The Texas metal master reveals how a lonely childhood led him into the realms of shred guitar
Artist Interviews - Page 6
A panel of professional musicians weigh in on what it takes to make the leap from garage jams and bedroom concertos to real venues, playing for real people.
If you play an instrument, you probably got into music for the fun of it. Whether you learned bass to start a garage band or took piano lessons as a kid, you just kept playing. Eventually, some will get serious and take their music to the next level. Sooner or later you will have to accept that part of the business of being in a band is treating it as a business. We talked to some bands who have found success in music and they shared some of their ideas on how to become (and remain) successful, where to invest your band’s budget, and where you can save money on your way to success.
We lefties, as a people, have suffered perilously under the yoke of the right-handed scissor, the can opener, and of course the dreaded spiral notebook. It's too often that we find the odds stacked against us. Luckily, we can take a little solace in the knowledge that we are in good company. Lefties are to be found among notable scientists, world leaders and other luminaries, but especially in terms of left-handed guitarists. Some big names that are famous for shredding licks southpaw style are Jimi Hendrix, Paul McCartney, Kurt Cobain, Billy Elliot Easton, and Tony Iommi. Heck even Justin Bieber plays guitar lefty—oh wait, I said "good company."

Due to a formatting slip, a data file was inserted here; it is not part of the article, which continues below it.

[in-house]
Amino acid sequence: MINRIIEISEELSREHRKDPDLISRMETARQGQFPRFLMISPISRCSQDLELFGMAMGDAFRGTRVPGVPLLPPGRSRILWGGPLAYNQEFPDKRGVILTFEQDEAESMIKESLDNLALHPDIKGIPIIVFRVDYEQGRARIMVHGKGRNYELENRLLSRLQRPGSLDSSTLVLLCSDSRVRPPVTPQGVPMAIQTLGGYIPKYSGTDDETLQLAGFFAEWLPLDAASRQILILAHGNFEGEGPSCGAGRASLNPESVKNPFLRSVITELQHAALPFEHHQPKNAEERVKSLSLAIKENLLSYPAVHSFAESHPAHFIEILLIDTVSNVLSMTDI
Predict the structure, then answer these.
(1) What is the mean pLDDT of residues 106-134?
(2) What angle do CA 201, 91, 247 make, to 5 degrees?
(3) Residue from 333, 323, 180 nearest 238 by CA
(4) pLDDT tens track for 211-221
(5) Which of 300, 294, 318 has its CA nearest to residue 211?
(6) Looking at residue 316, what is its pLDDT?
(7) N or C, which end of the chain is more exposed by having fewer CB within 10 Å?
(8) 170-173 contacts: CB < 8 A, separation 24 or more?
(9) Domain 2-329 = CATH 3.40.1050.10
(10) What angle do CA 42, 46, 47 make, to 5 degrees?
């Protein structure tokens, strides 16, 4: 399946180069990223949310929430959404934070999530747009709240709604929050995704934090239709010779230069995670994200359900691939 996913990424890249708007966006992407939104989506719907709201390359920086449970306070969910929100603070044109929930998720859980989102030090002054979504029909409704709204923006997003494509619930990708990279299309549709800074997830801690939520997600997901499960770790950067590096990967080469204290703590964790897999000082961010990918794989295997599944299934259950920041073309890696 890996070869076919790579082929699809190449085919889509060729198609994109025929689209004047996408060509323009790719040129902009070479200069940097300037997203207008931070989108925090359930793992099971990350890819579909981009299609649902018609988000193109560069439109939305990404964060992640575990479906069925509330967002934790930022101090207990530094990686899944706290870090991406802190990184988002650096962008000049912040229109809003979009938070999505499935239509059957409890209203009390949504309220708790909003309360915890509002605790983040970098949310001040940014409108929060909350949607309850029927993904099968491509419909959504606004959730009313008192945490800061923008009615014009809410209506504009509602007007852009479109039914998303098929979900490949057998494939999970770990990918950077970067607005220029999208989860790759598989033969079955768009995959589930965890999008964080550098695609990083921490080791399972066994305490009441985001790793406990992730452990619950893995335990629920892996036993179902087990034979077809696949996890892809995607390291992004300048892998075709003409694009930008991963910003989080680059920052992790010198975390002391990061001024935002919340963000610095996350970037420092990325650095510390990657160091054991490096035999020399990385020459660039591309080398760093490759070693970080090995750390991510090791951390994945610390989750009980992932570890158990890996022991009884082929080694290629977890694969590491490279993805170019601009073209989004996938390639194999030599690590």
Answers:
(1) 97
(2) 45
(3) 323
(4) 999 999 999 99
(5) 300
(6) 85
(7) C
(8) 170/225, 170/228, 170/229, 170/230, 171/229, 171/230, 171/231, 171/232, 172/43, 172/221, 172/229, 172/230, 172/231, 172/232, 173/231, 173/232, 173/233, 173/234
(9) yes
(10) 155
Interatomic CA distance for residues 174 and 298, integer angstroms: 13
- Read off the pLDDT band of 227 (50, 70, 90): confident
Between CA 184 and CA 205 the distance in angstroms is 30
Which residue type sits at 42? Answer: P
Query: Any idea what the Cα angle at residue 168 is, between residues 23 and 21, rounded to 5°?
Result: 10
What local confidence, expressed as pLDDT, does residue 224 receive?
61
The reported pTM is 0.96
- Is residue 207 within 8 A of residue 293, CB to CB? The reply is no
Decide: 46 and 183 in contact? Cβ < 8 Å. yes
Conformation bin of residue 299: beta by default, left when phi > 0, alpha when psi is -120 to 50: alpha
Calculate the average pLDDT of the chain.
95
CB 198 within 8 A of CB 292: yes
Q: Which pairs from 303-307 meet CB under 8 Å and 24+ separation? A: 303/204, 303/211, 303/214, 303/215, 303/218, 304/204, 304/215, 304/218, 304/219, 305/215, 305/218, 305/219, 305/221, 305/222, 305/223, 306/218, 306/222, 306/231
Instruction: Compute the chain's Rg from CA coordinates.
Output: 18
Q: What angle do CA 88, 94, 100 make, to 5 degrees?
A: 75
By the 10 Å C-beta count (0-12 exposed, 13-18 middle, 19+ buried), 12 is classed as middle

Check out four amazing musical prodigies in performance, and learn from educators what you can do to help your future musicians grow their skills.
Sound advice about capturing your music and promoting your records from a slate of pro musicians who have been there and done that.
Keeper of the keys to the kingdom of hard rock
Turn on the radio in any major city. Start rolling through the stations, and notice where you hear the distinct sounds of the banjo. The first instance will probably be on a contemporary country station—maybe a Keith Urban song or the hook in Eric Pasley’s “Friday Night.” Next, you may hear picking on the oldies or classic rock station, an Eagles song or some Neil Young. What may surprise you is hearing the banjo on contemporary pop, and even college or alternative rock stations. From Mumford and Sons to Bon Iver, the banjo is popping up in new and unusual places.
An exclusive interview in which Robinson talks about his new solo LP and reveals how the destruction of his prized guitar collection proved to be a turning point.
Touring is part of life for many musicians. Love it or hate it, if you plan to “make it” in this business, you’ll probably do a lot of it. Once the novelty wears off, it can get challenging - from strange smells in the van to crazy people in the crowds to very questionable motel rooms - so how do you deal?